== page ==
RAM Talk: Pleasure-Based Narration and Idol Consumption: Visual Politics in the “Tiny Era”
May 18, 2019 Saturday 16:00 - 17:30
Rockbund Art Museum (Shanghai 20 Huqiu Road, Huangpu District)
On the fifth floor of the exhibition, Tobias Rehberger presents the latest version of the pixel series (2015-). The audience needs to constantly adjust the angle and distance to identify the image composed of monochromatic mosaic tiles. These abstracted images, deriving from popular culture, form a pixelated scene of modern life, which makes the audience think about how we view these visual cultural icons in an era flooded with images and videos.
The idol consumption is one of the most representative image symbols in Chinese contemporary mass culture. It reflects the pleasure-based narrative strategy and visual politics in the “Tiny Era” formed by mass culture around “Eye-catching Economy.” In the diachronic dimension, the evolution of this image symbol includes the spiritual fission history of contemporary culture from idealism to consumerism and hedonism. There also hides a history of image evolution from a “spiritual” hero to a “materialistic” successful person and then to a “symbolic” consumer idol. In the synchronic dimension, it mainly produces a kind of image “charm” in the way of "ostentatious display" that makes people have no time to reflect on and urges the public to obtain “intuitive” pleasure of instant experience through the consumption behavior of image symbols.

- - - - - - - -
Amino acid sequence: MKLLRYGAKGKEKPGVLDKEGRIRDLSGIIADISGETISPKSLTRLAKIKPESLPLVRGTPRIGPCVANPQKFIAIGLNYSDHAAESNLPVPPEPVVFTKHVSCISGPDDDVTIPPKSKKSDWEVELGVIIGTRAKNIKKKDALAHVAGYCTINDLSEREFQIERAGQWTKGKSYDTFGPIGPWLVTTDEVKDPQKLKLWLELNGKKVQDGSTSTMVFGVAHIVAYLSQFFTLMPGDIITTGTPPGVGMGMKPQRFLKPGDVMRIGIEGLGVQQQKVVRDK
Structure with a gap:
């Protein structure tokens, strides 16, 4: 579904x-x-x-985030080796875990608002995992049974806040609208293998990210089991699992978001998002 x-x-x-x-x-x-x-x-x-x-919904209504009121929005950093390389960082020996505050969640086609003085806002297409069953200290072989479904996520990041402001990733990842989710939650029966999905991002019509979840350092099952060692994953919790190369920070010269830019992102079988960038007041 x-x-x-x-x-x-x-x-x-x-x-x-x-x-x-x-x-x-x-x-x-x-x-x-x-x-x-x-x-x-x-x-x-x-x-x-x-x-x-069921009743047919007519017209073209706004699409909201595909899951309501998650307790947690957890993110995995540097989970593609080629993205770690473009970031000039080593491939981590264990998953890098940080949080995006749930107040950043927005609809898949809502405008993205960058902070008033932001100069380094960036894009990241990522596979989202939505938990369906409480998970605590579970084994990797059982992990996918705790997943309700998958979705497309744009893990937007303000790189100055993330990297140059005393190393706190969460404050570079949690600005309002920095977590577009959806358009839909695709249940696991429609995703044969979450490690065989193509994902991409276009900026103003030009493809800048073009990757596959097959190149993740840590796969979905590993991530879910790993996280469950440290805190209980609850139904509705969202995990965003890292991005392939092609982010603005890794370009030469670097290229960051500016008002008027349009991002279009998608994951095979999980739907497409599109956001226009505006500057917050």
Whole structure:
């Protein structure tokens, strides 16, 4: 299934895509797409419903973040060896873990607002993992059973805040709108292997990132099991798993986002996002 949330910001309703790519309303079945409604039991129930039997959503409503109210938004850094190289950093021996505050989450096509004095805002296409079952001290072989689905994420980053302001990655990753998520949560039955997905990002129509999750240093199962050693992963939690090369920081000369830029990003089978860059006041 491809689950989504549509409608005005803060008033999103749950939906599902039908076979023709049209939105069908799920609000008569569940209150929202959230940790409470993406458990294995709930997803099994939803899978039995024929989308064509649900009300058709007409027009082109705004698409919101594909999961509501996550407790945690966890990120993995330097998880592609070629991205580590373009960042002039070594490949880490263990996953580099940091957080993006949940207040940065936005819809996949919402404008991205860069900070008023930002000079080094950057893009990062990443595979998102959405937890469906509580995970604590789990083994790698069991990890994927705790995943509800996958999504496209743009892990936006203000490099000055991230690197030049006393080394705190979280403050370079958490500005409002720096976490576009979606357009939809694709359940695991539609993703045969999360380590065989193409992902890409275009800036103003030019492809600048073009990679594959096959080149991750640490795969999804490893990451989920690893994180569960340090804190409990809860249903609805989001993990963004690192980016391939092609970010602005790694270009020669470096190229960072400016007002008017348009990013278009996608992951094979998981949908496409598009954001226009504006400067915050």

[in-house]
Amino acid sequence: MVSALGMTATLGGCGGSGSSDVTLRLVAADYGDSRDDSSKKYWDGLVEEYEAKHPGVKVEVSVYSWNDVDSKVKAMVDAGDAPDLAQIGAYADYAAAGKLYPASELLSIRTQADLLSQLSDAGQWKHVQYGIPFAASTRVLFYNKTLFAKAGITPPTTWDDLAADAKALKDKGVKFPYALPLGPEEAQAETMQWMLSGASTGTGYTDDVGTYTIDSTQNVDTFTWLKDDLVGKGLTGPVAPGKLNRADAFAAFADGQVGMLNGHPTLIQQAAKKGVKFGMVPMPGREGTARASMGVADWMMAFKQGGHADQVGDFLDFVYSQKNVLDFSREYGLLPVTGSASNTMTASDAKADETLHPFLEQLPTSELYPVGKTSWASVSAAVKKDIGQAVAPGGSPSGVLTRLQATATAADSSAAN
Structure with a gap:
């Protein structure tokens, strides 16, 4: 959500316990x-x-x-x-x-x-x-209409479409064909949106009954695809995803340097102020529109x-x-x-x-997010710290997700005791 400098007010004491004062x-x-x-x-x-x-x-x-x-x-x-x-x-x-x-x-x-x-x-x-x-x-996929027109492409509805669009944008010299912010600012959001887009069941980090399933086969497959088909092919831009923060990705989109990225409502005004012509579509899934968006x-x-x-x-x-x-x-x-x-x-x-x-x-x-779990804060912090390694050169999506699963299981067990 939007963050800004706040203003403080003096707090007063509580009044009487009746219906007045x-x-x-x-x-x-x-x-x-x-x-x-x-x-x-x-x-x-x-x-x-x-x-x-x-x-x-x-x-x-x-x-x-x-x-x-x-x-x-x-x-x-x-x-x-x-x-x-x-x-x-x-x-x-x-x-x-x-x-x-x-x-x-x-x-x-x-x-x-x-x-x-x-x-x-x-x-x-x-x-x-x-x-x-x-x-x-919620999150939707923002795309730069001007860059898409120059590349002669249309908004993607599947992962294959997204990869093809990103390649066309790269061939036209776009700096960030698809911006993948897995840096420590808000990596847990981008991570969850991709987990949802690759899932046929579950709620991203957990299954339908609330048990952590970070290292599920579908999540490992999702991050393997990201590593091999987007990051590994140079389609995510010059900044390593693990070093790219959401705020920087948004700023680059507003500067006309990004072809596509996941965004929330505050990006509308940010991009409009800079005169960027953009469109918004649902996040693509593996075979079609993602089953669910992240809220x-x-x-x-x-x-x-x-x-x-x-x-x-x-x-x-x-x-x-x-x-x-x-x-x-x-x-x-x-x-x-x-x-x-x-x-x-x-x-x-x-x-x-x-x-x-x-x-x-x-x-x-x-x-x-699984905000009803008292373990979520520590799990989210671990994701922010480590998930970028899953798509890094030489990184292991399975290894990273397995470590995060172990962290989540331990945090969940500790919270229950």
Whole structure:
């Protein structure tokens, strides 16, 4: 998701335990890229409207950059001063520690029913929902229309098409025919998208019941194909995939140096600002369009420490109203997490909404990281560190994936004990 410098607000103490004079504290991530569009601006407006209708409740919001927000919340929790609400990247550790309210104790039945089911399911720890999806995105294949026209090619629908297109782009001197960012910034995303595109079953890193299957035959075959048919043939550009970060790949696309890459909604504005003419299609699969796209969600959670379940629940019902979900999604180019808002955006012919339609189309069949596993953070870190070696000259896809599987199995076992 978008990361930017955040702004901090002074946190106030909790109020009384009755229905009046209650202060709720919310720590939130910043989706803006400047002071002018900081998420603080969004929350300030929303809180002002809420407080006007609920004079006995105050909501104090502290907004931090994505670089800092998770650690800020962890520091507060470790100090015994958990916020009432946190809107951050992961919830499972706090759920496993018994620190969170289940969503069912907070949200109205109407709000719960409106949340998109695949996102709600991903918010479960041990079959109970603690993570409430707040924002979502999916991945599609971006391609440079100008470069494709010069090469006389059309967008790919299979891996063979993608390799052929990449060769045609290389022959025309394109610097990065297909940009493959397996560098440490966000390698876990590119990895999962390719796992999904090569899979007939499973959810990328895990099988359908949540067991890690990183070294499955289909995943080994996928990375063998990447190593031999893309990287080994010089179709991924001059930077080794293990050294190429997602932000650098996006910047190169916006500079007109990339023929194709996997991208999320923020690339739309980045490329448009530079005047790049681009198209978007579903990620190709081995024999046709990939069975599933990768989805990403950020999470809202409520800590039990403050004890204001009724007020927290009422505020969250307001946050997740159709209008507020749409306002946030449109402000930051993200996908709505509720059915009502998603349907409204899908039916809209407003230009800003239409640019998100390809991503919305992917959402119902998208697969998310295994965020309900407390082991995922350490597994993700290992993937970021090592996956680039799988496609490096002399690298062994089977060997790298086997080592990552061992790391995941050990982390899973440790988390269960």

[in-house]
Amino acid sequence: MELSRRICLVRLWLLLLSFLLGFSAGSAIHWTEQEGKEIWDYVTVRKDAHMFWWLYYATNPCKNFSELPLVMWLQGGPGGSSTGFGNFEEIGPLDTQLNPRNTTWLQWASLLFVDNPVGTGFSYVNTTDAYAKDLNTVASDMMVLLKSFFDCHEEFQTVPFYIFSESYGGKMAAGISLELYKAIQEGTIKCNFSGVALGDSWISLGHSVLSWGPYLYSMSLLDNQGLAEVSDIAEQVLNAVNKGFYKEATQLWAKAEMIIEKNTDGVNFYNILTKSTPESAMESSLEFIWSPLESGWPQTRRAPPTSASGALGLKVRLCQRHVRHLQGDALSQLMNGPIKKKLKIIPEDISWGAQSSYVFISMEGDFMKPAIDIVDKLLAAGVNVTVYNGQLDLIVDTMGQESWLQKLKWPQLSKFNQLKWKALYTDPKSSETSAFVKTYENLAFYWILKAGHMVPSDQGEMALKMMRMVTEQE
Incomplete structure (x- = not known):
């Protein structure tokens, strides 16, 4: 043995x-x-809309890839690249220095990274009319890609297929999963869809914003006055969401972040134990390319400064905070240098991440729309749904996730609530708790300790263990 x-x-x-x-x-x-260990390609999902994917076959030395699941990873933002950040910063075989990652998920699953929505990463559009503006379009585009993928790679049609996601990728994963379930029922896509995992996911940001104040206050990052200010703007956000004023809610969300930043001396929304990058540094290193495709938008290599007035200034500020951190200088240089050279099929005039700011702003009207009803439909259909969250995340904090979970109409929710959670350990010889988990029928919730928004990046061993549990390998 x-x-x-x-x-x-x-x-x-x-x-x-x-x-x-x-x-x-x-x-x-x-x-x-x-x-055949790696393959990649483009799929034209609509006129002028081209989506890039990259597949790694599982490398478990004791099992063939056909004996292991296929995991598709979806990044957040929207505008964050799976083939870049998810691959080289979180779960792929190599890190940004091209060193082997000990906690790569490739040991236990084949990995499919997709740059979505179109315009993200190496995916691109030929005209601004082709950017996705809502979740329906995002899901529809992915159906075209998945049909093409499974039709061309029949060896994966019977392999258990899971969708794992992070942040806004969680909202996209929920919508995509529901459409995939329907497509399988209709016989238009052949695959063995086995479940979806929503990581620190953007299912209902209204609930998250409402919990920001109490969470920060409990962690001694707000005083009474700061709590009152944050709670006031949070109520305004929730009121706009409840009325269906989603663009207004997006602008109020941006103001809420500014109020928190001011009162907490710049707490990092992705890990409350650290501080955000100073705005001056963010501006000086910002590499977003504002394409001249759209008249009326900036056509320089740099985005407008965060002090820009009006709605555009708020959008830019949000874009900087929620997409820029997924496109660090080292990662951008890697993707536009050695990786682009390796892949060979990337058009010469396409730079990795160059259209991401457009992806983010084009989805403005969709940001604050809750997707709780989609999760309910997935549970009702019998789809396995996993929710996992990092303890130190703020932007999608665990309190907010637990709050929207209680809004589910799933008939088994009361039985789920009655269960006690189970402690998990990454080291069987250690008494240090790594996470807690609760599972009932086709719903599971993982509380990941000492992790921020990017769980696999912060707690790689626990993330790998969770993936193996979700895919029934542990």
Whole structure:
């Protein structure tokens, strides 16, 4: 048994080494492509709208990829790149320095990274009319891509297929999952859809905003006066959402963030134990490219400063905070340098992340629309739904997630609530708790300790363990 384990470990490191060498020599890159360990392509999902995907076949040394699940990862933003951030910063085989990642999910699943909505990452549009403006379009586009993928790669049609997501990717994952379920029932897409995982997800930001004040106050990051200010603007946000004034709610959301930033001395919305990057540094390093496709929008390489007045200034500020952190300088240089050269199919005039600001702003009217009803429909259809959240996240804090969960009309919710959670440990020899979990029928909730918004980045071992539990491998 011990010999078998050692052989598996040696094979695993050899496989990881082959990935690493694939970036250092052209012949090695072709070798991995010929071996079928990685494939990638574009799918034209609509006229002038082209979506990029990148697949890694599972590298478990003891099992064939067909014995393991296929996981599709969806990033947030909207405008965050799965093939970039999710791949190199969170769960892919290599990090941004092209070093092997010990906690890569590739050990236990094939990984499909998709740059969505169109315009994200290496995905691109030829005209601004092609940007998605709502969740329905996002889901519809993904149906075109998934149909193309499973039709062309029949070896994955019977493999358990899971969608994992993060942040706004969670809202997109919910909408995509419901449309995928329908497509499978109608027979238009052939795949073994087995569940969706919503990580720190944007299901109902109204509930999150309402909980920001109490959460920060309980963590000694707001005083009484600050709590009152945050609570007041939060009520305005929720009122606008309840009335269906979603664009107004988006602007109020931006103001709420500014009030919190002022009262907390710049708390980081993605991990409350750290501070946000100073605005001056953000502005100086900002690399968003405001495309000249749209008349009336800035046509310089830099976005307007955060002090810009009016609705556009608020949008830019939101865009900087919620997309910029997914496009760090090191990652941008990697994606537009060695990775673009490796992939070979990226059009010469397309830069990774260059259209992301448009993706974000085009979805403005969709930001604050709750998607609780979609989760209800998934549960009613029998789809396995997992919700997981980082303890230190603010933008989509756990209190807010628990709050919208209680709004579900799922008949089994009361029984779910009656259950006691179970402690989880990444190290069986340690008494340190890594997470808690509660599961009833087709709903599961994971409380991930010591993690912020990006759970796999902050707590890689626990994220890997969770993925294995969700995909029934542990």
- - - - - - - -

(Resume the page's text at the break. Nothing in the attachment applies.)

Li Jian, Doctor of Arts and Associate Professor at the School of Arts, Nanjing University (NJU). He also serves as Managing Editor of the School’s Journal of Art Theory & Art History, and a part-time researcher at the Institute of Advanced Studies in Humanities and Social Sciences, NJU. Focusing on the research in art theories, aesthetics and cultures, he has presided over or participated in a dozen of research projects at national or provincial/ministerial levels, and published A Vision of Aesthetic Utopia: From Weber to Frankfurt School’s Aesthetic Salvation (Social Sciences Academic Press, 2009) and A Cross-Disciplinary Lens on Modern Art Theories (Peking University Press, 2018).
Free admission, reservation is required.